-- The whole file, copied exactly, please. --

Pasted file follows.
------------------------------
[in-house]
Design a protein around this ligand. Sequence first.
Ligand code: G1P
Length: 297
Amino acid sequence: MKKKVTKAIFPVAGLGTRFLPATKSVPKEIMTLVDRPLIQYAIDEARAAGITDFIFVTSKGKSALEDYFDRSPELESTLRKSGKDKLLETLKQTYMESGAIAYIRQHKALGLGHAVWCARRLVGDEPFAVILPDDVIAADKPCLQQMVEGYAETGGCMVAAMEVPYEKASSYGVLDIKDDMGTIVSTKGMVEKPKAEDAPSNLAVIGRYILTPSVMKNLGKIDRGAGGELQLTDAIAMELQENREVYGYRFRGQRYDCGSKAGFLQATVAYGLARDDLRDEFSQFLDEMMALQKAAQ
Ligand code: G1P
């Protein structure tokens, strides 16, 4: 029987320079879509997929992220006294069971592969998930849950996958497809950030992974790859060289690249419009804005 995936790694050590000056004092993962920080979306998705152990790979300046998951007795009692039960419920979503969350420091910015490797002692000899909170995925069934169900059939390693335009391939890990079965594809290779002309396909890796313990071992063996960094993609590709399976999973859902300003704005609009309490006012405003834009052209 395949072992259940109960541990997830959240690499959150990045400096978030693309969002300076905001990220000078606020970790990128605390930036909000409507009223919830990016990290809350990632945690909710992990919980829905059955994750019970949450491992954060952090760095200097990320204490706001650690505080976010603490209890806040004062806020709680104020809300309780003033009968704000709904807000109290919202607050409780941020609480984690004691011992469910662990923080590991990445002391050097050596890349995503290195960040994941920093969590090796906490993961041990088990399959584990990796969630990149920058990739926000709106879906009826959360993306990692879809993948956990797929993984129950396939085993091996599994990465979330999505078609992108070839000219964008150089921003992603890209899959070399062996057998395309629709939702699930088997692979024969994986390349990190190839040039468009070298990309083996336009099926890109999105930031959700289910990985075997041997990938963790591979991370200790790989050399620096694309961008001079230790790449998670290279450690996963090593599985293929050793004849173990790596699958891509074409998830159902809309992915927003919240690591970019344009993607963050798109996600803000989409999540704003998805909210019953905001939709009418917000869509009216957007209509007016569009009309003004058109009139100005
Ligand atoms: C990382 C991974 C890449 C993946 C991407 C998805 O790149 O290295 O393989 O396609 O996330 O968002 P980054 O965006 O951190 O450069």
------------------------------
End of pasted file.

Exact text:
[in-house]
Design a protein around this ligand. Sequence first.
Ligand code: G1P
Length: 297
Amino acid sequence: MKKKVTKAIFPVAGLGTRFLPATKSVPKEIMTLVDRPLIQYAIDEARAAGITDFIFVTSKGKSALEDYFDRSPELESTLRKSGKDKLLETLKQTYMESGAIAYIRQHKALGLGHAVWCARRLVGDEPFAVILPDDVIAADKPCLQQMVEGYAETGGCMVAAMEVPYEKASSYGVLDIKDDMGTIVSTKGMVEKPKAEDAPSNLAVIGRYILTPSVMKNLGKIDRGAGGELQLTDAIAMELQENREVYGYRFRGQRYDCGSKAGFLQATVAYGLARDDLRDEFSQFLDEMMALQKAAQ
Ligand code: G1P
């Protein structure tokens, strides 16, 4: 029987320079879509997929992220006294069971592969998930849950996958497809950030992974790859060289690249419009804005 995936790694050590000056004092993962920080979306998705152990790979300046998951007795009692039960419920979503969350420091910015490797002692000899909170995925069934169900059939390693335009391939890990079965594809290779002309396909890796313990071992063996960094993609590709399976999973859902300003704005609009309490006012405003834009052209 395949072992259940109960541990997830959240690499959150990045400096978030693309969002300076905001990220000078606020970790990128605390930036909000409507009223919830990016990290809350990632945690909710992990919980829905059955994750019970949450491992954060952090760095200097990320204490706001650690505080976010603490209890806040004062806020709680104020809300309780003033009968704000709904807000109290919202607050409780941020609480984690004691011992469910662990923080590991990445002391050097050596890349995503290195960040994941920093969590090796906490993961041990088990399959584990990796969630990149920058990739926000709106879906009826959360993306990692879809993948956990797929993984129950396939085993091996599994990465979330999505078609992108070839000219964008150089921003992603890209899959070399062996057998395309629709939702699930088997692979024969994986390349990190190839040039468009070298990309083996336009099926890109999105930031959700289910990985075997041997990938963790591979991370200790790989050399620096694309961008001079230790790449998670290279450690996963090593599985293929050793004849173990790596699958891509074409998830159902809309992915927003919240690591970019344009993607963050798109996600803000989409999540704003998805909210019953905001939709009418917000869509009216957007209509007016569009009309003004058109009139100005
Ligand atoms: C990382 C991974 C890449 C993946 C991407 C998805 O790149 O290295 O393989 O396609 O996330 O968002 P980054 O965006 O951190 O450069």